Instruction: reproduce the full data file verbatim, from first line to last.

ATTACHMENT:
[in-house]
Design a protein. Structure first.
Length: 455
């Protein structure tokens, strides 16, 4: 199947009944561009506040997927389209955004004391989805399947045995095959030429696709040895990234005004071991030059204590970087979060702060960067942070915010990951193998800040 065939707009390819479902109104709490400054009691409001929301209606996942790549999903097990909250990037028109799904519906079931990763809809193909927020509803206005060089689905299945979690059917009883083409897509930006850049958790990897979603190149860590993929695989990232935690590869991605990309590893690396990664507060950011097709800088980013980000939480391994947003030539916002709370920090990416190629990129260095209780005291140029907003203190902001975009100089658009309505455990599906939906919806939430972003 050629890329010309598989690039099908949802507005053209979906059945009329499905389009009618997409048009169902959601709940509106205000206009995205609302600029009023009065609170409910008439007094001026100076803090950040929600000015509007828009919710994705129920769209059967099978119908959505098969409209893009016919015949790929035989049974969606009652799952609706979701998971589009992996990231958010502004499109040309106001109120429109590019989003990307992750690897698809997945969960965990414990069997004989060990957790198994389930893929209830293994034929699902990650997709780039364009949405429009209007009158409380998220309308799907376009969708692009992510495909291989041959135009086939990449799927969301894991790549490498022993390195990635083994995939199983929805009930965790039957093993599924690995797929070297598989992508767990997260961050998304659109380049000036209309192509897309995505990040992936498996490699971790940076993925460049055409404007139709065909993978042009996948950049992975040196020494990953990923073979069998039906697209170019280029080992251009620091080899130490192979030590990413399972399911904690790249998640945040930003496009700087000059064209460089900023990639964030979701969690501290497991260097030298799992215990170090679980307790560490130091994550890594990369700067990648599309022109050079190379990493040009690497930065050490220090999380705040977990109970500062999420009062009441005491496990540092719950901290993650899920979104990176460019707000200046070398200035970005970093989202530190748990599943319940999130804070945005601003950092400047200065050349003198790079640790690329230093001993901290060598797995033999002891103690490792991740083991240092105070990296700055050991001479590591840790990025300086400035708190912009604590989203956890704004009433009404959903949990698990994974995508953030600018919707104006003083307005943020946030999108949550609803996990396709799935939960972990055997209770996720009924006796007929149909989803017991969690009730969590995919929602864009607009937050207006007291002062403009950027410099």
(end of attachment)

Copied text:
[in-house]
Design a protein. Structure first.
Length: 455
């Protein structure tokens, strides 16, 4: 199947009944561009506040997927389209955004004391989805399947045995095959030429696709040895990234005004071991030059204590970087979060702060960067942070915010990951193998800040 065939707009390819479902109104709490400054009691409001929301209606996942790549999903097990909250990037028109799904519906079931990763809809193909927020509803206005060089689905299945979690059917009883083409897509930006850049958790990897979603190149860590993929695989990232935690590869991605990309590893690396990664507060950011097709800088980013980000939480391994947003030539916002709370920090990416190629990129260095209780005291140029907003203190902001975009100089658009309505455990599906939906919806939430972003 050629890329010309598989690039099908949802507005053209979906059945009329499905389009009618997409048009169902959601709940509106205000206009995205609302600029009023009065609170409910008439007094001026100076803090950040929600000015509007828009919710994705129920769209059967099978119908959505098969409209893009016919015949790929035989049974969606009652799952609706979701998971589009992996990231958010502004499109040309106001109120429109590019989003990307992750690897698809997945969960965990414990069997004989060990957790198994389930893929209830293994034929699902990650997709780039364009949405429009209007009158409380998220309308799907376009969708692009992510495909291989041959135009086939990449799927969301894991790549490498022993390195990635083994995939199983929805009930965790039957093993599924690995797929070297598989992508767990997260961050998304659109380049000036209309192509897309995505990040992936498996490699971790940076993925460049055409404007139709065909993978042009996948950049992975040196020494990953990923073979069998039906697209170019280029080992251009620091080899130490192979030590990413399972399911904690790249998640945040930003496009700087000059064209460089900023990639964030979701969690501290497991260097030298799992215990170090679980307790560490130091994550890594990369700067990648599309022109050079190379990493040009690497930065050490220090999380705040977990109970500062999420009062009441005491496990540092719950901290993650899920979104990176460019707000200046070398200035970005970093989202530190748990599943319940999130804070945005601003950092400047200065050349003198790079640790690329230093001993901290060598797995033999002891103690490792991740083991240092105070990296700055050991001479590591840790990025300086400035708190912009604590989203956890704004009433009404959903949990698990994974995508953030600018919707104006003083307005943020946030999108949550609803996990396709799935939960972990055997209770996720009924006796007929149909989803017991969690009730969590995919929602864009607009937050207006007291002062403009950027410099």